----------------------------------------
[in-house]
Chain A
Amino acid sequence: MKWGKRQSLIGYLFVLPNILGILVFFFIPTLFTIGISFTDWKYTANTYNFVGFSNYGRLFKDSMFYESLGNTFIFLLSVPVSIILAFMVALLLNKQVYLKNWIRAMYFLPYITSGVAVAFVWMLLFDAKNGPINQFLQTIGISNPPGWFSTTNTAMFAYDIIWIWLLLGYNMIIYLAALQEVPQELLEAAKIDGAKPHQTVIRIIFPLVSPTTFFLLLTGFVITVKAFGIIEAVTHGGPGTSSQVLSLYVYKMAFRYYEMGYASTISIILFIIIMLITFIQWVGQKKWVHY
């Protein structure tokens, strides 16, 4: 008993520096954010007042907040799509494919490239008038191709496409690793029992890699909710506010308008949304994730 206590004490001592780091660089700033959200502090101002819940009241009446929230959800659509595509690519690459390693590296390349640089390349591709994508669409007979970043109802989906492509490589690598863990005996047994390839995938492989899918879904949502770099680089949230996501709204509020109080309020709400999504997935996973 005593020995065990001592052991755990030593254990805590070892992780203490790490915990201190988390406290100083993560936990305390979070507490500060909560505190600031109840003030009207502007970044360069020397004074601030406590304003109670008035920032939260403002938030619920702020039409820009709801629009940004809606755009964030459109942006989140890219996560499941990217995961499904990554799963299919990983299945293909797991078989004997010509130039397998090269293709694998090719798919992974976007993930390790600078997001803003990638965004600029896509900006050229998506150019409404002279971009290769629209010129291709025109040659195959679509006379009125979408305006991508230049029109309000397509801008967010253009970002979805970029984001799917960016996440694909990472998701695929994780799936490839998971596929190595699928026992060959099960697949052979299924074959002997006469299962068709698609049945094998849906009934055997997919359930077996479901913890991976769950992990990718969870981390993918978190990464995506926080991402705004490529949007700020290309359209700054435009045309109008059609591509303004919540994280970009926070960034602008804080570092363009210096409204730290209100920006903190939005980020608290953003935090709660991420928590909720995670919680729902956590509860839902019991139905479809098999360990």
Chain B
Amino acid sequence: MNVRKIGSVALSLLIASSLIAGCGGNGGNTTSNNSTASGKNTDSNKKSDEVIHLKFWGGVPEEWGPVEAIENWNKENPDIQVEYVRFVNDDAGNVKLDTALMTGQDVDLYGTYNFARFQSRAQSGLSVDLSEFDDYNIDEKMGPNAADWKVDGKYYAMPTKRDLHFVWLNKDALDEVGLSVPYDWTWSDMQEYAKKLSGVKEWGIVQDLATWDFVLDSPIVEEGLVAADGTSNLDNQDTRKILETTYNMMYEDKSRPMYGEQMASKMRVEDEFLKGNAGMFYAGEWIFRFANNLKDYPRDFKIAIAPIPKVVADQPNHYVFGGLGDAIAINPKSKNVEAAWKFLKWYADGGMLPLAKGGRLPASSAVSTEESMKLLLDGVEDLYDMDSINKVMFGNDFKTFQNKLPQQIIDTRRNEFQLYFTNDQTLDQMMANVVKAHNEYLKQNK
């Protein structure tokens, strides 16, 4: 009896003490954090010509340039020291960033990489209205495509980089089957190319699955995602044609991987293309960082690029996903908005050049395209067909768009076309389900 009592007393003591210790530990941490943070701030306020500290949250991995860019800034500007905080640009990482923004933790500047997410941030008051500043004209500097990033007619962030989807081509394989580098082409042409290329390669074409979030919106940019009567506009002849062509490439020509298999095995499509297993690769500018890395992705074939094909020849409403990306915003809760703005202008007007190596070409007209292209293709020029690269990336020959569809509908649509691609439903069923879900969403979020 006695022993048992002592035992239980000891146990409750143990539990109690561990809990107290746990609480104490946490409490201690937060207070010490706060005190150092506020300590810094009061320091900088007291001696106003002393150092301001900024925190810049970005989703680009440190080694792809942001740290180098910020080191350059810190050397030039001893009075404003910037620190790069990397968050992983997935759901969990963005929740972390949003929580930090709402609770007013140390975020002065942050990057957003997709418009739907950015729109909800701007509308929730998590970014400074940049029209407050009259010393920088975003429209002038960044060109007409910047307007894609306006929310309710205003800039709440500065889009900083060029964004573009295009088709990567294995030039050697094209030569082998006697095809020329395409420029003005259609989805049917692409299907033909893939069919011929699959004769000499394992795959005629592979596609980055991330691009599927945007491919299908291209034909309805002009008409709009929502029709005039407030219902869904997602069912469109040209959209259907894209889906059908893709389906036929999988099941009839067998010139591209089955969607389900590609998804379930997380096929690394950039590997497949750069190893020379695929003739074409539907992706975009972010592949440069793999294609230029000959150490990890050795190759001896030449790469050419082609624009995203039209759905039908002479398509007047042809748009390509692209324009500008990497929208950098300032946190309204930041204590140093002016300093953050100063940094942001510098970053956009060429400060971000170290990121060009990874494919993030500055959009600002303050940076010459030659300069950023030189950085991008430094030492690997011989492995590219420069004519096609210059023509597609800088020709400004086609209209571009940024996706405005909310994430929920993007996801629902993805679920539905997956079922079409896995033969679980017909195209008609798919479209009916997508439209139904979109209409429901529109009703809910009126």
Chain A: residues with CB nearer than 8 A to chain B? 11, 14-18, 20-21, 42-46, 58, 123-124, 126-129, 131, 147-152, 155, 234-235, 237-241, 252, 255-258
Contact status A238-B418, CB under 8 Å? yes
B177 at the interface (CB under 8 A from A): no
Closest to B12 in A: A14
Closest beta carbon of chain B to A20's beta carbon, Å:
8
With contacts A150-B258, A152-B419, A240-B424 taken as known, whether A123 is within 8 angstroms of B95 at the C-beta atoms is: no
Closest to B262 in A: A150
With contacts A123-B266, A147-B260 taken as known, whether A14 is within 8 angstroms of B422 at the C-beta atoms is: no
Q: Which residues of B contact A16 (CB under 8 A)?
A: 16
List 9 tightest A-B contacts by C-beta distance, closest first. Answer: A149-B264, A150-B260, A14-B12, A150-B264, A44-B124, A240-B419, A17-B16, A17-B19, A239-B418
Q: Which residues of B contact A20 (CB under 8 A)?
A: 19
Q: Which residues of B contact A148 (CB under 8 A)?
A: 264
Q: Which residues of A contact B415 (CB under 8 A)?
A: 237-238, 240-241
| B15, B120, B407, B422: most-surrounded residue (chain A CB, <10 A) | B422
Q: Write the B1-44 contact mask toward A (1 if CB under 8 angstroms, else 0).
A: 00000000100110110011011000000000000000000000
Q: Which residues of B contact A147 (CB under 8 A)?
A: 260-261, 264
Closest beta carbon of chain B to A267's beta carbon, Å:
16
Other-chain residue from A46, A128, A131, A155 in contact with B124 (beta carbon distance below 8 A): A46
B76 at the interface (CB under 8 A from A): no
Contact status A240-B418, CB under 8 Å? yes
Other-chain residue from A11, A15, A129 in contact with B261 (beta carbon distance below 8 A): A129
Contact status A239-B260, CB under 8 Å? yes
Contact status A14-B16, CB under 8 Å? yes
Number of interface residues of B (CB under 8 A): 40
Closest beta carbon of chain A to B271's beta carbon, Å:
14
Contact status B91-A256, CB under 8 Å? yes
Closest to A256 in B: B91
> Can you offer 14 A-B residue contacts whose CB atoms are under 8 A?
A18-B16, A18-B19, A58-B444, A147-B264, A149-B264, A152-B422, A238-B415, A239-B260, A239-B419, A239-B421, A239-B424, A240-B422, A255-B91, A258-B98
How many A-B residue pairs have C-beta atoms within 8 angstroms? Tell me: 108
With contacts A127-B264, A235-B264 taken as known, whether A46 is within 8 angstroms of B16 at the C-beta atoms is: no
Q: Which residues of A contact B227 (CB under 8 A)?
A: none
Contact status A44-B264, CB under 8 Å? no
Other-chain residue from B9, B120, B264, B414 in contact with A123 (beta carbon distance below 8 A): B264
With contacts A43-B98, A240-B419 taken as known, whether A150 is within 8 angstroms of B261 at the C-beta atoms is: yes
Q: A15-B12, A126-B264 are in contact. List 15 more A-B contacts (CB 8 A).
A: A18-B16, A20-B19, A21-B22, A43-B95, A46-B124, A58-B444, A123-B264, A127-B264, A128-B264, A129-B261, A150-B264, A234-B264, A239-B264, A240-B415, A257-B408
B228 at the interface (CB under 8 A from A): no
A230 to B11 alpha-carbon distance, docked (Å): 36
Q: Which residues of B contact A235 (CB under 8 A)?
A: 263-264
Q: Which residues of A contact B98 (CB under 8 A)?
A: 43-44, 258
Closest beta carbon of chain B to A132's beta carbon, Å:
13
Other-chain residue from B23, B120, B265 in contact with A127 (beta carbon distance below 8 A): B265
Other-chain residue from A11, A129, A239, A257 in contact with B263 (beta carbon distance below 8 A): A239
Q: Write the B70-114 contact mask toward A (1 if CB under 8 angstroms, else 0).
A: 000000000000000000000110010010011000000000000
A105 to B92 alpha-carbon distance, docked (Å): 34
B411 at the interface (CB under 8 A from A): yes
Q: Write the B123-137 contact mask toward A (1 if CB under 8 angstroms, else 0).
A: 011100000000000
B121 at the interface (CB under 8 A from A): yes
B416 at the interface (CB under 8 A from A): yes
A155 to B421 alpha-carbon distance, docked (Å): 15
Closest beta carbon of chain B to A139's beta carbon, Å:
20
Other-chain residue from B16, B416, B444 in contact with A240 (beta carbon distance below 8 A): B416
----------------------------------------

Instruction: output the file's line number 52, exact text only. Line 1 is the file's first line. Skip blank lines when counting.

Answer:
With contacts A43-B98, A240-B419 taken as known, whether A150 is within 8 angstroms of B261 at the C-beta atoms is: yes